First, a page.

Wcag 2.0 level_a_all_ejames

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WCAG 2.0Level AAn Interpretation by Elianna JamesPurpose of this slideshowSimplify WCAG until it is easy to understandDevelop sensitivity on the issuesKnow quickly if a site element passes or failsThink logically, not reactively, on the subjectUnderstand that guidelines does not mean lawWhos the authority?No one, really. Many, many smart and talented and well meaning people wrestle with Assistive Technology (AT)They also wrestle with browsers, operating systems and constant software updatesNot to mention spending thousands of hours with end Users who rely on all of the above to work together seamlessly see last slideIf no one is the authority, why am I listening to you?You dont have to For that matter, you dont have to listen to anyoneBut your software will likely be deficientW3C gets a lot of credit for what I got right hereWebAIM , SSB BART and many others do, too.Mistakes are all mine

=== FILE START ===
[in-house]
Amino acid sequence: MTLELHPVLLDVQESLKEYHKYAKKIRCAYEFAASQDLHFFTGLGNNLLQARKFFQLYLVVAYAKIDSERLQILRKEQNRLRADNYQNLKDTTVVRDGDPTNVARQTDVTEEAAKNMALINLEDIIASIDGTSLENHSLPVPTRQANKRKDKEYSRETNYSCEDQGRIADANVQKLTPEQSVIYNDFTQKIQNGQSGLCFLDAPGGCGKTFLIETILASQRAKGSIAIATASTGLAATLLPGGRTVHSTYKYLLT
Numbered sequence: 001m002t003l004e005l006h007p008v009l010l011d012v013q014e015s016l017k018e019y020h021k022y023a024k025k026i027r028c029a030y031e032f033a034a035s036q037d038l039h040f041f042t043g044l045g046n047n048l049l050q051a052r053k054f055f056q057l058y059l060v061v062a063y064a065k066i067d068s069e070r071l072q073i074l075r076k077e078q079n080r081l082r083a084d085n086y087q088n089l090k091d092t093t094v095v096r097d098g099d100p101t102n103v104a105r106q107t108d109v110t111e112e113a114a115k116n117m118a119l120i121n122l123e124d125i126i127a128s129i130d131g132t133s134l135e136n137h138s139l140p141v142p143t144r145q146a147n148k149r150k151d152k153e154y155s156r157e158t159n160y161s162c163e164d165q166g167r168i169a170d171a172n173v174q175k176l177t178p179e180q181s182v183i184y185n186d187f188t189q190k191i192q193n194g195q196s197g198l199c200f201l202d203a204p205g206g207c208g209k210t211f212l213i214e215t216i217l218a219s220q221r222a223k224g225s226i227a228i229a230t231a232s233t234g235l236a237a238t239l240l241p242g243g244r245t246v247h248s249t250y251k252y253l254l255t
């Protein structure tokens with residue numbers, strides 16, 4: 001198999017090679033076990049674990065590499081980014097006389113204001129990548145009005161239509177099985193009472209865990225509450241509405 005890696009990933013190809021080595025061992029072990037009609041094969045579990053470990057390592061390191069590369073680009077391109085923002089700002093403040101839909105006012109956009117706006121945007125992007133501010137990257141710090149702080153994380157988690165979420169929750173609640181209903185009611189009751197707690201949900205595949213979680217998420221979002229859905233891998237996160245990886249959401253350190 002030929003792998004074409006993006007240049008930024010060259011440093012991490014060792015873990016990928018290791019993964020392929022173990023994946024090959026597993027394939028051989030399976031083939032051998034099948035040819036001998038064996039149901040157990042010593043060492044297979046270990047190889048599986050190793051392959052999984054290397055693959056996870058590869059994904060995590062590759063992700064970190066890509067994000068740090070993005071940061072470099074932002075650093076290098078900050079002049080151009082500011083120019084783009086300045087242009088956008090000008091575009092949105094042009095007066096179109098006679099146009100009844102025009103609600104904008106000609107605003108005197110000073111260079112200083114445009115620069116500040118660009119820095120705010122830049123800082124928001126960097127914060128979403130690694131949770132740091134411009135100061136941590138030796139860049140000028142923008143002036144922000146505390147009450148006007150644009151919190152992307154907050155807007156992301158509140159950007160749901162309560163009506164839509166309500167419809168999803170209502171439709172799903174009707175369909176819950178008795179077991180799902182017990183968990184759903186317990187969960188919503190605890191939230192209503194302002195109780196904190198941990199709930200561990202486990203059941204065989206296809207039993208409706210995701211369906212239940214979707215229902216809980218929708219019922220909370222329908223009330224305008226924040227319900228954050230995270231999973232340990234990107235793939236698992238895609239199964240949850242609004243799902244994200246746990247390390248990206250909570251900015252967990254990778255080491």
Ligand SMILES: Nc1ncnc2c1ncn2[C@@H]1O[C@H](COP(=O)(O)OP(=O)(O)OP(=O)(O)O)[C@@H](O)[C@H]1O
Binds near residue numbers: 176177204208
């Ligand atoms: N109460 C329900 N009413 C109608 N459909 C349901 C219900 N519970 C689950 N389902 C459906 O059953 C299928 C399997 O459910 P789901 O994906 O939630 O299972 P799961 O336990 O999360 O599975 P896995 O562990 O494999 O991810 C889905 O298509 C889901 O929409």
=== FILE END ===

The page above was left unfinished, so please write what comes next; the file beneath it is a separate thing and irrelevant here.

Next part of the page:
If a website meets these four criteria it might pass the WCAG guidelinesPerceivableOperableUnderstandableRobustEven if it passes, it might not be accessibleTheres a little factor here called human beings. We are all a bit quirkyP.O.U.R.Level AWCAG 2.0PerceivablePerceivable means I know it is thereIf my vision is seriously compromised I can tell, via an audio clue or speech, there is a button I can useIf my hearing is seriously compromised I can read captions and/ or see a sign language communication to help me understand the video I can seeIf I cannot see or hear I can get info via Braille

Non-text Context 1.1.1A picture, a chart, a graphic has some text that I can access so I can be included in knowing what the information conveys (Alt text)

Time Based Media 1.2.1Pre-recorded audio, such as a podcast, have captioning or transcription available when User plays it backFor pre-recorded video, have captioning and also an audio track, provided to User when they play it backException would be a truly silent movie from the early 1900s, which should have comments explaining the on-screen action